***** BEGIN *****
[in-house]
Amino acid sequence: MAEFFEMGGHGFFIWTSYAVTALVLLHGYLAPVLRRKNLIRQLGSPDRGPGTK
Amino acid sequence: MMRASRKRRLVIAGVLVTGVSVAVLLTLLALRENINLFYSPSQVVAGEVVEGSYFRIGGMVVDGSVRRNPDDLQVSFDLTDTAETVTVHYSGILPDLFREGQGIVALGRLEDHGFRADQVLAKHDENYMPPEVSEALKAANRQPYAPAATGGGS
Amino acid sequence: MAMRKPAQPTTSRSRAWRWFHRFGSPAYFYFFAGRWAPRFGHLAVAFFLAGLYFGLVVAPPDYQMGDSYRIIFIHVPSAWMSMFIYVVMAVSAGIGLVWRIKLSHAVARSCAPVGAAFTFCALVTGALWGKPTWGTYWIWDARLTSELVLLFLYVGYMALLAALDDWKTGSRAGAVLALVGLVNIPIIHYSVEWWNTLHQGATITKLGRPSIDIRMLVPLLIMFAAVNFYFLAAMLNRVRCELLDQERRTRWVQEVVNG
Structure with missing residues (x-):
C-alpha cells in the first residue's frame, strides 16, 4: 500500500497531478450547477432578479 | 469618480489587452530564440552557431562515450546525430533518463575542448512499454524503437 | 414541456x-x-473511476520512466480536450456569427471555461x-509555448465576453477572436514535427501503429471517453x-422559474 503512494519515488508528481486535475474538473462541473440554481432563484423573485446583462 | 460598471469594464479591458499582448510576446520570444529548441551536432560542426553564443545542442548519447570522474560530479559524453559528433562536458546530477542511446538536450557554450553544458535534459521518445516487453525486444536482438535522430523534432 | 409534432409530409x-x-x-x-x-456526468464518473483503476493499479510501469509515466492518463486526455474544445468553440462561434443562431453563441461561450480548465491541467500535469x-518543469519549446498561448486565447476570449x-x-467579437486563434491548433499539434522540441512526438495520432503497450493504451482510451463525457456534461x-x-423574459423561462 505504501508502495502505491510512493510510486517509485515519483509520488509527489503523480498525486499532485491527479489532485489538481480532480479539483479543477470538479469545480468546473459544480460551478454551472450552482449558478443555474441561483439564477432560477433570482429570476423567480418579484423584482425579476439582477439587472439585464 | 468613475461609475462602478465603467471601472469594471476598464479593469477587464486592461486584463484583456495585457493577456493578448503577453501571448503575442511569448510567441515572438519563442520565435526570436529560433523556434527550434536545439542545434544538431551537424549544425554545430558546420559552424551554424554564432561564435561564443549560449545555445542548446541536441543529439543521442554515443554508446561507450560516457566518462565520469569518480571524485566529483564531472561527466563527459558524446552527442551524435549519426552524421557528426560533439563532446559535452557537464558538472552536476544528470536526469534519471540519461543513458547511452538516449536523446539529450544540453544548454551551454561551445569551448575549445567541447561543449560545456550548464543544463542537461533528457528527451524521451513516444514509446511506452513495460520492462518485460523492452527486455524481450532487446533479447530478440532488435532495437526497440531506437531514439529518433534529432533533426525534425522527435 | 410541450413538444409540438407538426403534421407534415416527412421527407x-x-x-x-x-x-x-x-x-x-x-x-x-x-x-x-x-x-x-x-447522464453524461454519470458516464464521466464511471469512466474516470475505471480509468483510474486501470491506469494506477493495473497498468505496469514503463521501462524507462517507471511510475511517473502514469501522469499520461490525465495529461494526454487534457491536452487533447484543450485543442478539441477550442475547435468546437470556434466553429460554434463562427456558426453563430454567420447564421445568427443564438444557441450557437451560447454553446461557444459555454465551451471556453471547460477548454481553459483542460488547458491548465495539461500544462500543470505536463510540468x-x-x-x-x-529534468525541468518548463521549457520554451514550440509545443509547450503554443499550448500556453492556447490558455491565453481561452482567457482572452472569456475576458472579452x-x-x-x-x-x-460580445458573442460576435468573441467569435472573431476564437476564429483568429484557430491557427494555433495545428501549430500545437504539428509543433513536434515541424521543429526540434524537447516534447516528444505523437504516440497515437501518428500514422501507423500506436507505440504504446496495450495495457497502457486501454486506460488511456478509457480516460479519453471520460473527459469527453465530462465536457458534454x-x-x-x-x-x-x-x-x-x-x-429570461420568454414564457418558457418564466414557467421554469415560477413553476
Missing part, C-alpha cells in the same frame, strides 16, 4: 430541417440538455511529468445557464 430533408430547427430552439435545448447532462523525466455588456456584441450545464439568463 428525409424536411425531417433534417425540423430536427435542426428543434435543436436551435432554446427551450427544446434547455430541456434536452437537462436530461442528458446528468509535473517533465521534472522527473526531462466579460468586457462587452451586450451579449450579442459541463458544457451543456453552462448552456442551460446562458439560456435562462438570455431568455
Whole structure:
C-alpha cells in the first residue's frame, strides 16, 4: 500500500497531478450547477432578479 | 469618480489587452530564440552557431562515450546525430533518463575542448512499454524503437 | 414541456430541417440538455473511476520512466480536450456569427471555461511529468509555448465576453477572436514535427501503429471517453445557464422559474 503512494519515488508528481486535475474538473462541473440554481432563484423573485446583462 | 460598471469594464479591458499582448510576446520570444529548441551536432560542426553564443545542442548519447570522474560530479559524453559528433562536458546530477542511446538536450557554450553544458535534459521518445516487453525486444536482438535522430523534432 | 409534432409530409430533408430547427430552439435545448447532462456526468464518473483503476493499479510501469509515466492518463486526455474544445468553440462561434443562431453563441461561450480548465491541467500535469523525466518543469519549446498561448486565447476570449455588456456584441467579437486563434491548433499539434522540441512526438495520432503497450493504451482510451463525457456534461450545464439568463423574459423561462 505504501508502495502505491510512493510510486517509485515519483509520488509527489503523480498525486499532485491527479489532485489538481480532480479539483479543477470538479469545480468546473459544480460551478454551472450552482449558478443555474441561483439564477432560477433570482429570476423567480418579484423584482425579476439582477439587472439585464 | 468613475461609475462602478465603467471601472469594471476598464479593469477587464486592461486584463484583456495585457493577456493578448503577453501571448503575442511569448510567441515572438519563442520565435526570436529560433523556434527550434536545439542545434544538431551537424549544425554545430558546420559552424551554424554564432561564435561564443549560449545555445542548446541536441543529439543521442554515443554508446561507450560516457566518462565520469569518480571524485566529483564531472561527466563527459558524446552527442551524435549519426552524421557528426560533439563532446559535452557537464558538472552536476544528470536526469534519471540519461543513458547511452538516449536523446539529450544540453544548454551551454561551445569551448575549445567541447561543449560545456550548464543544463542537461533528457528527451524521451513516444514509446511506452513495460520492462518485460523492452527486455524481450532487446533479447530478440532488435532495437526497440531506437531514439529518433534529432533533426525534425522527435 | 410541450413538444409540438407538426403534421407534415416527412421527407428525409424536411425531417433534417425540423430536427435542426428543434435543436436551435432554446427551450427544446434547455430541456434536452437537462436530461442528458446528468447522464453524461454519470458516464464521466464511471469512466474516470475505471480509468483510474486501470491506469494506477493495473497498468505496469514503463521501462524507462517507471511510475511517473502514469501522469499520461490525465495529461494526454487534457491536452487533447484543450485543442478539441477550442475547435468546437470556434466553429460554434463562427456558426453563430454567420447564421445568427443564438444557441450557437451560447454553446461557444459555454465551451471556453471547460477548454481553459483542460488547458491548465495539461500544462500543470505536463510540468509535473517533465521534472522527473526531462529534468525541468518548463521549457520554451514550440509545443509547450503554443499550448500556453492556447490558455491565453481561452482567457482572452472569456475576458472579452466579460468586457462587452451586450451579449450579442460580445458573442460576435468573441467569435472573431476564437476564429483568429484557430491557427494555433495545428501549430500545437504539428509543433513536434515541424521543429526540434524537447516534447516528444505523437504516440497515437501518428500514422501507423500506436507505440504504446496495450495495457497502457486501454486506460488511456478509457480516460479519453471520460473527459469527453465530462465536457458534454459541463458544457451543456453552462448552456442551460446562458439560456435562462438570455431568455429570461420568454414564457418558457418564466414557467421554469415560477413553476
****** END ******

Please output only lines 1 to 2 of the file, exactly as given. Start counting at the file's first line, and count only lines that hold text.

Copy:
[in-house]
Amino acid sequence: MAEFFEMGGHGFFIWTSYAVTALVLLHGYLAPVLRRKNLIRQLGSPDRGPGTK